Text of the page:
Earlier this spring I decided that the easiest way to get a bunch of different fibers to spin would be to get a sampler pack. Off to Woodland Woolworks went my busy little typing fingers, and I ordered their Natural Colored Wool sampler pack: 0.5 oz of 16 different wools. Over the course of the last couple of months I've been spinning up these little samples, and I've pulled together some thoughts about them that may be of interest to other spinners out there. There are other reviews of these wools out there, but maybe I can contribute some further information.

All the fibers were spun under (more-or-less) the same conditions. I stripped each top in half lengthwise and spun from the end with a short-forward draw, smoothing the fibers as the twist entered (worsted spun). Samples were spun on a ST Lendrum folding wheel at 8:1 (I'm still a beginner!) and plied at 6:1 immediately after spinning the singles. Twist was set by submerging the skeins in very hot water, and skeins were agitated slightly as the water cooled. Finally, the skeins were dried hanging without weight. All of the samples were easy to draft and spin.

The samples in the pack broke down into softer and coarser wools. In this post I'll talk about the coarser wools, and save the softies for the second installment.

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(left to right - Grey Swalesdale, Romney and Jacob Brown)

1) Grey Swalesdale - 4" staple, didn't make note of the crimp. This stuff was probably the coarsest of the samples, and even after washing only really feels suitable for heavy outerwear. The final sample ended up at 8 wpi, about 11 yds from 0.5 oz.

2) Romney sliver - 6" staple, some crimp. Had to keep my hands farther apart then with the Swalesdale, which took some getting used to, but aside from that this was easy to spin. It feels ok in the skein - a bit coarse, but much softer then the Swalesdale. It has a nice sheen to it as well. 8 wpi, about yds/0.5 oz.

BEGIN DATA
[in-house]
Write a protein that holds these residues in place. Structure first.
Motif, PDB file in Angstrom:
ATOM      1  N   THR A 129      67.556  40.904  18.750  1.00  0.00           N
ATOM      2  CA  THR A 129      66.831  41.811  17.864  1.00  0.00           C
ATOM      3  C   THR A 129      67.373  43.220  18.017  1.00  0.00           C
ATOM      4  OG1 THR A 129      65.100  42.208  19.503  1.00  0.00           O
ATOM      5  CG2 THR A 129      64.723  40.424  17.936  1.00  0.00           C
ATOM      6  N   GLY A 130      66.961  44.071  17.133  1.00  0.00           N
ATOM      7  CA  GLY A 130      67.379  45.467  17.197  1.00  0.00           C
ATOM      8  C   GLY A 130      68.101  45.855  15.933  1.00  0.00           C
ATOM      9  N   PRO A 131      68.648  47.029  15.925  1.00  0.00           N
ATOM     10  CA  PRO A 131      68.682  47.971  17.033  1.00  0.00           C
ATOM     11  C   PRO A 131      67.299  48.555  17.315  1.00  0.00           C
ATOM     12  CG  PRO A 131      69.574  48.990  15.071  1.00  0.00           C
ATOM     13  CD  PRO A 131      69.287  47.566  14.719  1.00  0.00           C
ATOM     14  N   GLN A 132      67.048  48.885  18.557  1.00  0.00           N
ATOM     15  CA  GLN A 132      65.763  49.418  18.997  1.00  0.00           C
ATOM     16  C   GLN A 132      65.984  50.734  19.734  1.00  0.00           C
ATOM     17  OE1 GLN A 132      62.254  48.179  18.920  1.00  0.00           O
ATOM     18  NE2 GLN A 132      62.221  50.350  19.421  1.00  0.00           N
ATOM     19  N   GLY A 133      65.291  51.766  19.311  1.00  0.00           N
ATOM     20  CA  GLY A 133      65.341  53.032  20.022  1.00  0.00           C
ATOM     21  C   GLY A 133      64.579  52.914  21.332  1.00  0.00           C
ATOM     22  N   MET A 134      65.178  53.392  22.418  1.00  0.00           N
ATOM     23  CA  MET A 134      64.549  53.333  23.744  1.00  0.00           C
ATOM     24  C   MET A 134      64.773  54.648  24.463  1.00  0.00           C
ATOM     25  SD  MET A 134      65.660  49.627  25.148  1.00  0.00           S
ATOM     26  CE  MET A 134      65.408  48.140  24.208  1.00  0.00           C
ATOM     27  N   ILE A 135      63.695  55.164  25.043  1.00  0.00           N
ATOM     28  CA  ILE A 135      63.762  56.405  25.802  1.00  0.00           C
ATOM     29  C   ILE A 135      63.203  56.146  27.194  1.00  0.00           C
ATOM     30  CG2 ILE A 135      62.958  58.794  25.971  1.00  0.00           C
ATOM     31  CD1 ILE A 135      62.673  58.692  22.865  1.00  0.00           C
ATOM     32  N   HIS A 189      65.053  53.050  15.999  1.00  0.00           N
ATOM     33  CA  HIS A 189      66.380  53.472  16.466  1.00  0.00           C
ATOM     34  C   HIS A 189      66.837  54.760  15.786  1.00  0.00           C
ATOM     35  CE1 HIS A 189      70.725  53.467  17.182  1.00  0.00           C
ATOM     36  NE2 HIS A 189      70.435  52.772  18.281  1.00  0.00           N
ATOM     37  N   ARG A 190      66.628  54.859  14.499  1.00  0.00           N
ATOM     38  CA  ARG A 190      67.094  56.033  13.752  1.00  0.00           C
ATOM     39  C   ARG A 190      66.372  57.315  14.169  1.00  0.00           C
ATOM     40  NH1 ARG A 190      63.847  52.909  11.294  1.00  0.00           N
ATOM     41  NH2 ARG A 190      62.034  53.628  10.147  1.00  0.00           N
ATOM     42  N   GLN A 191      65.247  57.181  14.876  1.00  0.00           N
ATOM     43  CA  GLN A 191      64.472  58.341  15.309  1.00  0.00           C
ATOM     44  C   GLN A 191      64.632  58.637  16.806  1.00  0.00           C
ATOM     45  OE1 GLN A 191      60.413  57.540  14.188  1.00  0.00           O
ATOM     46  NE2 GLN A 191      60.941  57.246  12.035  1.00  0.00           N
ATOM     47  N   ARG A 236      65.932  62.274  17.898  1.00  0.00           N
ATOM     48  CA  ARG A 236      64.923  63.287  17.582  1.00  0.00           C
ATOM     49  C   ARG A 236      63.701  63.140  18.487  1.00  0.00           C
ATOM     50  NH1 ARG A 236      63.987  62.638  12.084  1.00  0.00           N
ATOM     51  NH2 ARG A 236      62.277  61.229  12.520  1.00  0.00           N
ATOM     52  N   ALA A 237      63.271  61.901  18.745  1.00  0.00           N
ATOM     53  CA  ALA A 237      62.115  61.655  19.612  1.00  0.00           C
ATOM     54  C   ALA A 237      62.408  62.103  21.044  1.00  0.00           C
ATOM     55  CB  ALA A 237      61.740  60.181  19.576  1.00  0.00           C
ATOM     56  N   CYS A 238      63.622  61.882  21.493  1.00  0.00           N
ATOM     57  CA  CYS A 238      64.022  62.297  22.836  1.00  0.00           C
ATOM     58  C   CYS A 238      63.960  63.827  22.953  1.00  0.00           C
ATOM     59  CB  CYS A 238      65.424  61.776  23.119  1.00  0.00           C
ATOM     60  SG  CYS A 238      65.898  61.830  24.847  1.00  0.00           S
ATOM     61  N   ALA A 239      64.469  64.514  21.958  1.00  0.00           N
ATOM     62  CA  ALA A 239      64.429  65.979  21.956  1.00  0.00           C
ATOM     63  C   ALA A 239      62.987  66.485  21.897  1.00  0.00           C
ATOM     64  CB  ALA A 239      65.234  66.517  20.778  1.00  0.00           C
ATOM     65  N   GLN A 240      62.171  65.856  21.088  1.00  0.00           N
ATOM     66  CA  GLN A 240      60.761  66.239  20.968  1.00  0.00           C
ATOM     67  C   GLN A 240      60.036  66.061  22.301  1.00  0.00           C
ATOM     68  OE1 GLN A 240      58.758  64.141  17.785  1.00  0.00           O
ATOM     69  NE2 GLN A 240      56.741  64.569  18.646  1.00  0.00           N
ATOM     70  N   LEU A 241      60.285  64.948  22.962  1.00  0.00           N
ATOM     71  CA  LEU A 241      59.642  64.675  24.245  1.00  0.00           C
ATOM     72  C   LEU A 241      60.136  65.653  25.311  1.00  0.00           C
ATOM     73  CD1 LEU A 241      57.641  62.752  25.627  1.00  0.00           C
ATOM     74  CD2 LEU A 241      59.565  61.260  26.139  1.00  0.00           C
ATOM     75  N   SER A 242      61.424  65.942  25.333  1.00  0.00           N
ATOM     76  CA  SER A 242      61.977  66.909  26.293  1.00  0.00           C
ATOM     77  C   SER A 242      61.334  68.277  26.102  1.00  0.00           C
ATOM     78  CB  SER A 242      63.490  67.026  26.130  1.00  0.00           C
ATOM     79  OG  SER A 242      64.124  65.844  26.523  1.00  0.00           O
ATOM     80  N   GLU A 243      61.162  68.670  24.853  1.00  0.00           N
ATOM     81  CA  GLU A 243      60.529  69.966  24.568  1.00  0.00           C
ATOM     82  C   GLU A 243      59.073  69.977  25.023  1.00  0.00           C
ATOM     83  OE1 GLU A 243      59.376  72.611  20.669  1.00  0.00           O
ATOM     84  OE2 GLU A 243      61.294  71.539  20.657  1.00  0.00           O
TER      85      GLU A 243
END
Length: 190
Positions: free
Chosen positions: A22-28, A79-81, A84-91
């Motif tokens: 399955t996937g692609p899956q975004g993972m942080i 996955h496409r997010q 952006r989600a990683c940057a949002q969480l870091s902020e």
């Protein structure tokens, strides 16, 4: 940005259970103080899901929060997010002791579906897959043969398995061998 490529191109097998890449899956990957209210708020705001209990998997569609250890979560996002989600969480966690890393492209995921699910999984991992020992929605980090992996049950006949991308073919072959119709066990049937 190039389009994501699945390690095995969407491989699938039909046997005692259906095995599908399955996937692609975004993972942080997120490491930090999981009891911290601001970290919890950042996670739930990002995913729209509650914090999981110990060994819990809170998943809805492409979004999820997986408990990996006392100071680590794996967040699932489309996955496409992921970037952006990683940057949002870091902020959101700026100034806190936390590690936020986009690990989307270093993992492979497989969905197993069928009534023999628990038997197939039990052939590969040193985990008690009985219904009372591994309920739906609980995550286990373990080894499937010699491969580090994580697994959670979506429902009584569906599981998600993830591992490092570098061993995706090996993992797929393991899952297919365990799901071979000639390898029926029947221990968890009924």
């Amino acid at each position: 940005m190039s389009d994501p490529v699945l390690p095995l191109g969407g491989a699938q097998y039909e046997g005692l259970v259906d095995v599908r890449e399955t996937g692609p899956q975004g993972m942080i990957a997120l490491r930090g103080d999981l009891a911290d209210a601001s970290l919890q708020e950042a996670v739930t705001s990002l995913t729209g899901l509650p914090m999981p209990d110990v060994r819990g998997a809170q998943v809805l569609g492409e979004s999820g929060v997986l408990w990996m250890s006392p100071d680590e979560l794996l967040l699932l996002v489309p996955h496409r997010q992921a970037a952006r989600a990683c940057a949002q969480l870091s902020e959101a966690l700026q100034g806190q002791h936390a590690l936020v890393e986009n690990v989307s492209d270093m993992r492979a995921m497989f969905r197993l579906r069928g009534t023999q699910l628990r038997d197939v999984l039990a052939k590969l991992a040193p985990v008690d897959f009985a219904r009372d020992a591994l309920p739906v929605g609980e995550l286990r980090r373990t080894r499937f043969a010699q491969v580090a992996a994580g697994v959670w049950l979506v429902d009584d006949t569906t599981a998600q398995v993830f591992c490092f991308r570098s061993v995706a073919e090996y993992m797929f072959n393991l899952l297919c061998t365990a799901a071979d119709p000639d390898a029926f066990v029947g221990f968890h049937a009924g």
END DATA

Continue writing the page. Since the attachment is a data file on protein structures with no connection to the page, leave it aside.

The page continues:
3) Jacob Brown - 4-4.5" staple, crimpy. A beautiful dark brown color. This was the only sample that had any real amount of VM, and even that was minor and easy to pick out as I was spinning. The fiber felt sort of clumpy - it was harder to draft evenly, and ended up being much thicker. The final stats were 6 wpi, only 8 yds/0.5 oz.

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(from left to right - Finnsheep, Grey Icelandic, Wensleydale and Corriedale Cross)

4) Finnsheep - >6" staple, no (low) crimp. This was particularly easy to draft, and I found myself doing quite a bit of backdrafting with this. Spun up quite similar to the Romney, and also had a bit of a sheen (maybe a function of the longer staple?). 8 wpi, 10 yds/0.5 oz.

5) Grey Icelandic - 6" staple, medium crimp. Slightly coarse fiber, slightly fuzzy when spun up. Good for sturdy outerwear. 8 wpi, 11 yds/0.5 oz.

6) Wensleydale Longwool - 7+ inch staple. Slightly coarse but spun up beautiful. Nice and smooth, it softened up after setting the twist and has a beautiful sheen to it. 8 wpi, 9+ yds/0.5 oz.

7) Corriedale Cross - 4" staple, medium crimp. Coarse as fiber, but felt much nicer in the skein. And such a pretty chocolate brown! 9 wpi, 12 yds/0.5 oz

That's it for this installment - next week the softer samples.